A day in the life… Clinical Scientist Madeline Stone
Madeline joined us just over a year ago to take up the post of Clinical Scientist in Microbiology.
What does an average day look like for you?
Madeline’s day-to-day work changed significantly at the outset of the COVID-19 pandemic. Before the pandemic began, Madeline’s main focus was the repatriation of tests that were being sent away to external laboratories. However, when the team in Microbiology were asked to carry out COVID-19 testing, the clinical scientist team were tasked with rapidly validating new assays and workflows for molecular testing, often completing the work in record time.
As the situation has continued to develop and change, new assays and equipment have become available which has meant ongoing assessment and validation for Madeline and clinical scientist team. Madeline is currently working to significantly increase our capacity to test COVID-19 swabs on different platforms, which has meant her last few weeks have been spent getting up to speed with the new equipment, working with the manufacturers when there have been issues, creating and validating new workflows.
What is your favourite thing about the job?
One of the things that Madeline most enjoys about her role is that she is often the first to get her hands on new technologies and assays, as part of her job is to implement new assays that can be handed over to the biomedical scientists. Madeline has always enjoyed approaching her work in an organised and methodical way, so this part of the job really appeals to her.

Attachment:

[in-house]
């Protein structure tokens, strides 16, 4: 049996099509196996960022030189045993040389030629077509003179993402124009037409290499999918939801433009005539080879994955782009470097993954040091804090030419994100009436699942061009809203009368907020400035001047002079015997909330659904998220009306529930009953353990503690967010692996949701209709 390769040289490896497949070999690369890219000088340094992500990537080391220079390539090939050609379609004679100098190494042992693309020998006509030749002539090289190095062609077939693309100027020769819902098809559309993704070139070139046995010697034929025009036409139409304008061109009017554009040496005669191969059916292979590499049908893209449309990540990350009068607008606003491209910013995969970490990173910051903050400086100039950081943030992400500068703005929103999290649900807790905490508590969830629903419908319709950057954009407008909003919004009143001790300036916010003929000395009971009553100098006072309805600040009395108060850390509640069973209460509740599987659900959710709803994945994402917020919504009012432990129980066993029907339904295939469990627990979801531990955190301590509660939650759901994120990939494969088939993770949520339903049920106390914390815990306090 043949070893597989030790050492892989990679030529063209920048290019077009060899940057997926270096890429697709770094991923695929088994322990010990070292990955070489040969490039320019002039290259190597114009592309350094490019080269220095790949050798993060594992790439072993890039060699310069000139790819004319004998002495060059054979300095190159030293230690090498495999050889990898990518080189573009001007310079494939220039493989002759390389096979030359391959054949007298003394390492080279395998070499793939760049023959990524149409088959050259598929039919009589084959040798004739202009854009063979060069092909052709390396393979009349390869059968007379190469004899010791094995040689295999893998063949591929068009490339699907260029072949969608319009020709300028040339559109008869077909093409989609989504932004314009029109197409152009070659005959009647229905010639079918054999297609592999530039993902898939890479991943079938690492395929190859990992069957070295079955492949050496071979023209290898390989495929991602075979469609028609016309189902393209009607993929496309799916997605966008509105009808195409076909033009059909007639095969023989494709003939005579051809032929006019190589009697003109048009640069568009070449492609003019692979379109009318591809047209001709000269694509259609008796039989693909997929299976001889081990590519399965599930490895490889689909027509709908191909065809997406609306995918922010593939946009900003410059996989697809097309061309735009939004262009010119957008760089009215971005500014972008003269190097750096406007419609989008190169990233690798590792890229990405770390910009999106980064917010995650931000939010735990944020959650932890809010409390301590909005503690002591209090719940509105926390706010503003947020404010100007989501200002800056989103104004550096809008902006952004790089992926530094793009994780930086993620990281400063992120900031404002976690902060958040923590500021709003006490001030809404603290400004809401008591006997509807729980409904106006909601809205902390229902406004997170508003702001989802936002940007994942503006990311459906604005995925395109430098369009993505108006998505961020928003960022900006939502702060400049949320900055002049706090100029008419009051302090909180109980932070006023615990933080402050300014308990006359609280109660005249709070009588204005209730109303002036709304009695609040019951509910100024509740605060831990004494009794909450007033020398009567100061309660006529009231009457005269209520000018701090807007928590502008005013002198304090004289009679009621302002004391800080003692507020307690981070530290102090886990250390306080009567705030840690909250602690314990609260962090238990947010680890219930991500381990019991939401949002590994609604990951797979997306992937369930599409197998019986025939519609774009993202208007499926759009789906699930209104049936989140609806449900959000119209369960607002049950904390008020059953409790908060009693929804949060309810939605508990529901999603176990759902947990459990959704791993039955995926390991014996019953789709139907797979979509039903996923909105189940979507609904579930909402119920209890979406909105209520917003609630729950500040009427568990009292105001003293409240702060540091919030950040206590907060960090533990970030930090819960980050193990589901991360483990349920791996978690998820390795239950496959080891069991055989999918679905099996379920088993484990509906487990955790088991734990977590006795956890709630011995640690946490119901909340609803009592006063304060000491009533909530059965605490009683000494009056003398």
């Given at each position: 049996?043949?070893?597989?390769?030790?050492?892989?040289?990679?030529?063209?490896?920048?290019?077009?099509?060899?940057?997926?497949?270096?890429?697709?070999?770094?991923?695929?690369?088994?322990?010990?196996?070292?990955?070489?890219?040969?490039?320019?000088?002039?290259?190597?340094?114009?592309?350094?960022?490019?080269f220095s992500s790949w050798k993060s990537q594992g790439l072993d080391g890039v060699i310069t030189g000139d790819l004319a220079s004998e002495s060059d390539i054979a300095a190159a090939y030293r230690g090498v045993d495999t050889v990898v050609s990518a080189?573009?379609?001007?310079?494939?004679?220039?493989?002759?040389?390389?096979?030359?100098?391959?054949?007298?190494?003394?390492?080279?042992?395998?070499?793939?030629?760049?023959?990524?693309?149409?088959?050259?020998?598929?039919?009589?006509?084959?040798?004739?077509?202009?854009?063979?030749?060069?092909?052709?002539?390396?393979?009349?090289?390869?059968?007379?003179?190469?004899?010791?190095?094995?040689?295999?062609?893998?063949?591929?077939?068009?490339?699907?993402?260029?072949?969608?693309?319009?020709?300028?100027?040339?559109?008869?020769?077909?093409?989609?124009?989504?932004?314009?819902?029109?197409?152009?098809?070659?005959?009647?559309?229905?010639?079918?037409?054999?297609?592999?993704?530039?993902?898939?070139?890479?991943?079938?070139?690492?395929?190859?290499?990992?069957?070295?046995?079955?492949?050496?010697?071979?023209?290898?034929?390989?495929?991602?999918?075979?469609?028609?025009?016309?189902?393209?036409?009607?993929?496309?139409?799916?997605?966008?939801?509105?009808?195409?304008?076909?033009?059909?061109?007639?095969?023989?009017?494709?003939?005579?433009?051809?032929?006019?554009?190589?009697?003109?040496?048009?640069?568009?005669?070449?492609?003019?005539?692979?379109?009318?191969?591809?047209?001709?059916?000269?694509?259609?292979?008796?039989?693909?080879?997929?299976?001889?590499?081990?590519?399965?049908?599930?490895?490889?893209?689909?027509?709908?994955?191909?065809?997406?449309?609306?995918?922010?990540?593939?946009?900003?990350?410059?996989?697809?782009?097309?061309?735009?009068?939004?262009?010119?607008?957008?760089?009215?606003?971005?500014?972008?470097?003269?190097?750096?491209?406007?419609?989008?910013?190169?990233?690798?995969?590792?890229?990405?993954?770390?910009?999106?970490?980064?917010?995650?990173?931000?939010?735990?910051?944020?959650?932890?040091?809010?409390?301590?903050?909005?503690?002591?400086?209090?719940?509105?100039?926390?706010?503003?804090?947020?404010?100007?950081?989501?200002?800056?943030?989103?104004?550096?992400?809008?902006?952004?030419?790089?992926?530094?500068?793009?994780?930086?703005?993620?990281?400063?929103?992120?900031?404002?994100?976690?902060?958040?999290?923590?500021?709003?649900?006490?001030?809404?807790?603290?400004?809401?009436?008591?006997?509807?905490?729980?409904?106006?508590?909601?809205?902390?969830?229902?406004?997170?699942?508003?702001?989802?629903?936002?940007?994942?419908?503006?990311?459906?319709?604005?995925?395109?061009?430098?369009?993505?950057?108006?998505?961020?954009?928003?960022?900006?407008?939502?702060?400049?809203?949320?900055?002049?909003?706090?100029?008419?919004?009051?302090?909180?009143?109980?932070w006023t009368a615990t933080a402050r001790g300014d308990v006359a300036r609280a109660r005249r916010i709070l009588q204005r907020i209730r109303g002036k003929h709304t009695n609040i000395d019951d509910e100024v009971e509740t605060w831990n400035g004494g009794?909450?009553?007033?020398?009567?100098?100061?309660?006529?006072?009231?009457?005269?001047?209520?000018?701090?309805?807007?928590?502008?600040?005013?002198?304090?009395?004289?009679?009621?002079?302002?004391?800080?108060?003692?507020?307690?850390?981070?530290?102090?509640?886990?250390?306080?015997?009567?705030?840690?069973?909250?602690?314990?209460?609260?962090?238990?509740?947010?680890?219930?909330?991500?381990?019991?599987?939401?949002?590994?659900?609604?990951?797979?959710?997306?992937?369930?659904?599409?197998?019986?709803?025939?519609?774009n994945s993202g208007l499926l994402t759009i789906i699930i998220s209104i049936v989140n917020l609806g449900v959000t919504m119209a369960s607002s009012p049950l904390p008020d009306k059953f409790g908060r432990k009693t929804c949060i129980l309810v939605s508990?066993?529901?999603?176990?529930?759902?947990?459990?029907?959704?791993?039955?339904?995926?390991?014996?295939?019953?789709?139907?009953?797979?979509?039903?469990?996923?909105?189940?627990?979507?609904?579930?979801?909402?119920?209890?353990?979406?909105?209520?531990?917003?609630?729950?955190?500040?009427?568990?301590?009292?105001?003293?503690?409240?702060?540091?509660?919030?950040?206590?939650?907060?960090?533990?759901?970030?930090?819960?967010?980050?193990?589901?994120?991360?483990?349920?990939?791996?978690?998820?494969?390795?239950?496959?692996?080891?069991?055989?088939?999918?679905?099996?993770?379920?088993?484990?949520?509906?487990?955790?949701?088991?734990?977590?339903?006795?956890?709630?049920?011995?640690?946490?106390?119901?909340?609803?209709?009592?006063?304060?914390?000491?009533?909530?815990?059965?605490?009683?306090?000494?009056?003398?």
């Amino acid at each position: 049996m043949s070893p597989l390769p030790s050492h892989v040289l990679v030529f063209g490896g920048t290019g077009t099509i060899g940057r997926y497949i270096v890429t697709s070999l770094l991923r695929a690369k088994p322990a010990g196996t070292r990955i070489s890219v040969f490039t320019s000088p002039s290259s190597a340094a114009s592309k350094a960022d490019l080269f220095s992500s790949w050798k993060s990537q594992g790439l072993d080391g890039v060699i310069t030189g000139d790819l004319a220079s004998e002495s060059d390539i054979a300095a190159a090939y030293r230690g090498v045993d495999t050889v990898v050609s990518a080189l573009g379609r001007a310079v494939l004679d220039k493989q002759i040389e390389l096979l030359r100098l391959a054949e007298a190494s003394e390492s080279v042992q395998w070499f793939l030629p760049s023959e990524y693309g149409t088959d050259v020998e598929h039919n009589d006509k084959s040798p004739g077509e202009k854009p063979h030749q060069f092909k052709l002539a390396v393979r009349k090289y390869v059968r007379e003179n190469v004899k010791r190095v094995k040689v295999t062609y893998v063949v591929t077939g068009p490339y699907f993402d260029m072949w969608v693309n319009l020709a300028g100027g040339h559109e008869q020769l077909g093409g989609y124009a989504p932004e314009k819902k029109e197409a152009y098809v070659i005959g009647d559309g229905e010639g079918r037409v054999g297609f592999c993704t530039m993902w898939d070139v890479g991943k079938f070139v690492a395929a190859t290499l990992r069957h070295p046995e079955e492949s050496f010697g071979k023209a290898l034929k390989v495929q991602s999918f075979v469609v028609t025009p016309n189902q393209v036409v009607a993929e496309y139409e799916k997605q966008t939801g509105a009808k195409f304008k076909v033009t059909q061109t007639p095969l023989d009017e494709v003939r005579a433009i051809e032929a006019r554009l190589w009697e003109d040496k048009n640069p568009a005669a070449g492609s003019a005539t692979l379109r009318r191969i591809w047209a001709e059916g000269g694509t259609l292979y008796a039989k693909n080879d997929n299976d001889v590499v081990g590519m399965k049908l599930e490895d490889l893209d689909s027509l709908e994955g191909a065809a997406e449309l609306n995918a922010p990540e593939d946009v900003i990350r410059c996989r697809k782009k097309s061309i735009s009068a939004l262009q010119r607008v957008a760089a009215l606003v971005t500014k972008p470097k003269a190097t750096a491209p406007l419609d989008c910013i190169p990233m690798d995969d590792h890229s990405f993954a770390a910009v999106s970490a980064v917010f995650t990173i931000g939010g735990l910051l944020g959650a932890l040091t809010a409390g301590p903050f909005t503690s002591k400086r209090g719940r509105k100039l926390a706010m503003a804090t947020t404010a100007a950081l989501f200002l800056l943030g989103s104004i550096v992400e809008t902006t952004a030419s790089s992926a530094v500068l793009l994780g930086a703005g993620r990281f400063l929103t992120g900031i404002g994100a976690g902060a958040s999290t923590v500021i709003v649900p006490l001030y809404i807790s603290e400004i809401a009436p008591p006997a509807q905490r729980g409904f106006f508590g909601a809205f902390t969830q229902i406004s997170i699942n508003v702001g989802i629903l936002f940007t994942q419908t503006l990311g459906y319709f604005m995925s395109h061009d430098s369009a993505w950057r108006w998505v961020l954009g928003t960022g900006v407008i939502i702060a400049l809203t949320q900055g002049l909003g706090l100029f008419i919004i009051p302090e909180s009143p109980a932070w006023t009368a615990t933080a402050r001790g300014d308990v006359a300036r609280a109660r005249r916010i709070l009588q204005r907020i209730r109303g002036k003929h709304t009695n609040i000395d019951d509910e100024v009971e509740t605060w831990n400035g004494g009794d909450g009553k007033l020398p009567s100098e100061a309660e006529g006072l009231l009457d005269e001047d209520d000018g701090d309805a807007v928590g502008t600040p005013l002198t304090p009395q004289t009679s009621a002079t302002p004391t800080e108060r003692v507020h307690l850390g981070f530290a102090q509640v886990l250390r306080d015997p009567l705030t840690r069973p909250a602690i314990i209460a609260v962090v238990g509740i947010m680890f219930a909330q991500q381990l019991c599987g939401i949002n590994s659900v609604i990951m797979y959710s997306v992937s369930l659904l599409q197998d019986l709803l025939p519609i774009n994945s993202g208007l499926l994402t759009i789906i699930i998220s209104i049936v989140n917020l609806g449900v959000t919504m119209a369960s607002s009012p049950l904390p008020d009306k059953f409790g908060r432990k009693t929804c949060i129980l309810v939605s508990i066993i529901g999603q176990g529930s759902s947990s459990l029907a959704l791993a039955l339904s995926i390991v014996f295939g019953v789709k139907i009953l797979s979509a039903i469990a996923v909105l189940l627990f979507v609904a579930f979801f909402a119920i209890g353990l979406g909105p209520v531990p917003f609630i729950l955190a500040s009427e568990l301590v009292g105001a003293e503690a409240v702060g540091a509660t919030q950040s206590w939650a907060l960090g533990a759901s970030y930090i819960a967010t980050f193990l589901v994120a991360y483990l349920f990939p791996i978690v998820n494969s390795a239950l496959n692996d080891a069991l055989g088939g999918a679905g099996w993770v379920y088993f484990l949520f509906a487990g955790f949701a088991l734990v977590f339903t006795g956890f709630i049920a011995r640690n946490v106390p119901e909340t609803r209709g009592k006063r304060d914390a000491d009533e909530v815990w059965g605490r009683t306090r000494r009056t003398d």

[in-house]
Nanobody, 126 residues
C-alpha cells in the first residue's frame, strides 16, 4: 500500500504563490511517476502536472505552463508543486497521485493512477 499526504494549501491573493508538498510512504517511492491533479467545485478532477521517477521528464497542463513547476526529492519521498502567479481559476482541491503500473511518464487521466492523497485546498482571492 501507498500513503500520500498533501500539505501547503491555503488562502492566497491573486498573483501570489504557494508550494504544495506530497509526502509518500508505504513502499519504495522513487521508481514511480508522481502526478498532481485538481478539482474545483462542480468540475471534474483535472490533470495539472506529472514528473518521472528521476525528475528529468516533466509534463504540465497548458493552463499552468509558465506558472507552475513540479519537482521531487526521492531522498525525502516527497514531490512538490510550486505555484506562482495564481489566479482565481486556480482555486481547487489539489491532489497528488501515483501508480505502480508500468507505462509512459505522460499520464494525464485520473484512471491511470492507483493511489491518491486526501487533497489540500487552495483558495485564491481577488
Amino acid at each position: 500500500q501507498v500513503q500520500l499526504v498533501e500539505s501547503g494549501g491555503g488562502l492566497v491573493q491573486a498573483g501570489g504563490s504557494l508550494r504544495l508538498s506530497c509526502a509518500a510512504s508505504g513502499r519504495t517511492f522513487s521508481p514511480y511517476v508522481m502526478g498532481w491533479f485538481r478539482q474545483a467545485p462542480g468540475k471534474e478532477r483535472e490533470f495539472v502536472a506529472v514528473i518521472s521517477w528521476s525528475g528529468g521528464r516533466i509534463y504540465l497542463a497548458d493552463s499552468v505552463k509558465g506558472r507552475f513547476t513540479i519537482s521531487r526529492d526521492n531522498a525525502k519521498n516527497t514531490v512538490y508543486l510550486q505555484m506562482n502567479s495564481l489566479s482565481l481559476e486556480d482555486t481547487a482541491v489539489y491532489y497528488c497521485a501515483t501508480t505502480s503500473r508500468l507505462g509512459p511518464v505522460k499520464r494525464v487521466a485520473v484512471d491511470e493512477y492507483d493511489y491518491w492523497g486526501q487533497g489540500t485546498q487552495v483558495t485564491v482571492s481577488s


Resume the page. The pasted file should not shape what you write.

Madeline also enjoys working with her follow clinical scientists in Microbiology. It is a small team of three clinical scientists and a consultant clinical scientist who work closely together and provide support and guidance for each other.
Is there a moment you will always remember?
Unsurprisingly, the time that sticks in Madeline’s mind is the onset of the COVID-19 pandemic. The team of clinical scientists in Microbiology had to drop what they were doing and throw everything into validating and implementing new molecular assays. The speed with which this was done was unprecedented. Usually, a similar test could take several months to get up and running. The COVID-19 assays were implemented within two weeks thanks to combined efforts of the entire department including Microbiology scientific and clinical staff at every level and the SWLP IT team.
How did you get into clinical science?
Madeline was encouraged by her favourite biology teacher to excel in science and did her degree in genetics and microbiology, which included a module on clinical microbiology. This ignited a spark of interest and when she left university and found out that there was a career path in clinical microbiology, she never looked back. She undertook a three-year work-based training programme, which resulted in her becoming a registered clinical scientist, as well as gaining an MSc. She then went on to complete her PhD with Imperial College while working at Hammersmith Hospital. Madeline hopes to start Higher Specialist Scientist Training (HSST) next year and work towards becoming consultant clinical scientist.